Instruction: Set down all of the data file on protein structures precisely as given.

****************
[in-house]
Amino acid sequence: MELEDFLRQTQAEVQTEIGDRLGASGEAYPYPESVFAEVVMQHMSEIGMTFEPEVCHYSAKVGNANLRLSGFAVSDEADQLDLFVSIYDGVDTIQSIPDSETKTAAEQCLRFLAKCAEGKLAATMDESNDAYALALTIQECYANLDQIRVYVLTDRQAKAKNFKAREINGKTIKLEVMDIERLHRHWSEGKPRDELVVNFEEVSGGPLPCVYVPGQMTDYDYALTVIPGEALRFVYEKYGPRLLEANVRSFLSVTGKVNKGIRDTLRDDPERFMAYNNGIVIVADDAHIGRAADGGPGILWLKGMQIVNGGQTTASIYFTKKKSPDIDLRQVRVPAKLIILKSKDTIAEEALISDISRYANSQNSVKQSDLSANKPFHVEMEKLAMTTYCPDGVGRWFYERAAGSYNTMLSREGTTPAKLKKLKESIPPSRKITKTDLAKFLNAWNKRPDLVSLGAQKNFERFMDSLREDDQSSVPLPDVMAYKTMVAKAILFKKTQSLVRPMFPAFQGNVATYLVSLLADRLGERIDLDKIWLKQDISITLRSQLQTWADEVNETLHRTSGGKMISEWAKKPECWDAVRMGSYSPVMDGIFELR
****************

[in-house]
Amino acid sequence: MELEDFLRQTQAEVQTEIGDRLGASGEAYPYPESVFAEVVMQHMSEIGMTFEPEVCHYSAKVGNANLRLSGFAVSDEADQLDLFVSIYDGVDTIQSIPDSETKTAAEQCLRFLAKCAEGKLAATMDESNDAYALALTIQECYANLDQIRVYVLTDRQAKAKNFKAREINGKTIKLEVMDIERLHRHWSEGKPRDELVVNFEEVSGGPLPCVYVPGQMTDYDYALTVIPGEALRFVYEKYGPRLLEANVRSFLSVTGKVNKGIRDTLRDDPERFMAYNNGIVIVADDAHIGRAADGGPGILWLKGMQIVNGGQTTASIYFTKKKSPDIDLRQVRVPAKLIILKSKDTIAEEALISDISRYANSQNSVKQSDLSANKPFHVEMEKLAMTTYCPDGVGRWFYERAAGSYNTMLSREGTTPAKLKKLKESIPPSRKITKTDLAKFLNAWNKRPDLVSLGAQKNFERFMDSLREDDQSSVPLPDVMAYKTMVAKAILFKKTQSLVRPMFPAFQGNVATYLVSLLADRLGERIDLDKIWLKQDISITLRSQLQTWADEVNETLHRTSGGKMISEWAKKPECWDAVRMGSYSPVMDGIFELR